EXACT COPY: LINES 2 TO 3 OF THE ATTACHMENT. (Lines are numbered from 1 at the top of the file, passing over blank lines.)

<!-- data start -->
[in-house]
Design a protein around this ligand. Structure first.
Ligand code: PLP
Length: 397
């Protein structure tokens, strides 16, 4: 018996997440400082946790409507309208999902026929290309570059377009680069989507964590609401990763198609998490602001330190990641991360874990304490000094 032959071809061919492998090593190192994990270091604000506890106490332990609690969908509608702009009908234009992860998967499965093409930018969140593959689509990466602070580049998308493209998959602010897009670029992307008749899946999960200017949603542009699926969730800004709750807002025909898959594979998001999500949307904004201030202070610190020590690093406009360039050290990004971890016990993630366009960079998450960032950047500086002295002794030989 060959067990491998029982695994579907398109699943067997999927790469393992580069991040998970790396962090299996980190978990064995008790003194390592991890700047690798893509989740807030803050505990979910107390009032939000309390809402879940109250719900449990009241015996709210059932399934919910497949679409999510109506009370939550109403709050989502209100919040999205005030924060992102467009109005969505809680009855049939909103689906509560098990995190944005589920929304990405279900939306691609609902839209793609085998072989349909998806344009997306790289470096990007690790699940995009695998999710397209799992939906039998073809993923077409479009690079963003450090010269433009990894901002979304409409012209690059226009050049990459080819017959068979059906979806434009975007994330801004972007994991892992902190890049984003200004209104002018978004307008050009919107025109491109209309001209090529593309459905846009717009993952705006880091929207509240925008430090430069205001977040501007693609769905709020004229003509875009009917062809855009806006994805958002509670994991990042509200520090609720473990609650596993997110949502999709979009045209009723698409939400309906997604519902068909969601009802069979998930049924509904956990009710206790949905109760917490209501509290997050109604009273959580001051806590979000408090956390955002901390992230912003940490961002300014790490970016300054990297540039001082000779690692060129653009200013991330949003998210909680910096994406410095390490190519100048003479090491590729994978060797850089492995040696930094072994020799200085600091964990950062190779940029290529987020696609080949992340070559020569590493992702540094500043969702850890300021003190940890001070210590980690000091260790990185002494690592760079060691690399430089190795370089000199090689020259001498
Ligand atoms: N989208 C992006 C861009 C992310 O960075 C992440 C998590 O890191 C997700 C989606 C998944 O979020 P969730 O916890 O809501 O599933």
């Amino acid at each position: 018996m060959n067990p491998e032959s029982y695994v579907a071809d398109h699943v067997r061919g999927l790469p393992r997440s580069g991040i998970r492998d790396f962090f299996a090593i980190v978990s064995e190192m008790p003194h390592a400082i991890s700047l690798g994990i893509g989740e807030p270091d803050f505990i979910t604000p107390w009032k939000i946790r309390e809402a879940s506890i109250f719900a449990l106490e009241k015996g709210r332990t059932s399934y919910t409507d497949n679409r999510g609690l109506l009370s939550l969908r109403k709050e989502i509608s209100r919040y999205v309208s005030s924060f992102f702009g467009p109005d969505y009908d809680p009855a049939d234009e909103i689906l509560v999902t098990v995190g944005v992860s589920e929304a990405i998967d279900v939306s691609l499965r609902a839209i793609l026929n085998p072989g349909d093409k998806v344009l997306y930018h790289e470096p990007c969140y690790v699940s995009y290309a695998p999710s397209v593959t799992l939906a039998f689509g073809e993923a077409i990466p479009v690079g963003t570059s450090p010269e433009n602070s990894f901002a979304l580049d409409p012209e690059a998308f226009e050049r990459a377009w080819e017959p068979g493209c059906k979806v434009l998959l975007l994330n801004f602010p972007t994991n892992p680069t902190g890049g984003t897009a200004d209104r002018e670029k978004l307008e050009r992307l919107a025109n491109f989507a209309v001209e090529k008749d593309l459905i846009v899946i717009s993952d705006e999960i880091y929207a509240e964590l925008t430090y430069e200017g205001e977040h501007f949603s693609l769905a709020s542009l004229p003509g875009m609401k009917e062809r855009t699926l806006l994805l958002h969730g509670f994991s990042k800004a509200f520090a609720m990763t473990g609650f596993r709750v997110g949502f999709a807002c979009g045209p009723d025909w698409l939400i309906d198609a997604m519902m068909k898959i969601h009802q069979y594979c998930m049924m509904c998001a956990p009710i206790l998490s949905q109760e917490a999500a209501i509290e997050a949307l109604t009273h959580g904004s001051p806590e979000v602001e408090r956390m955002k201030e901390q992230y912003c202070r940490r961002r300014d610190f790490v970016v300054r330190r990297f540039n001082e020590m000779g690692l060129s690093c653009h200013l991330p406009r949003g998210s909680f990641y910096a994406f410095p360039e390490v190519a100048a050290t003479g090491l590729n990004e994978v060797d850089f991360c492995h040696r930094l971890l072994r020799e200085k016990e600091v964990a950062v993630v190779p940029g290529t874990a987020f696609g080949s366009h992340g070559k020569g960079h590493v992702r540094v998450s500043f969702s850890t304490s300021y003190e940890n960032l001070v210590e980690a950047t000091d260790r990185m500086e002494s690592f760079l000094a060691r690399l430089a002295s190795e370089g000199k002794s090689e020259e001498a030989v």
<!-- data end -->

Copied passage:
Design a protein around this ligand. Structure first.
Ligand code: PLP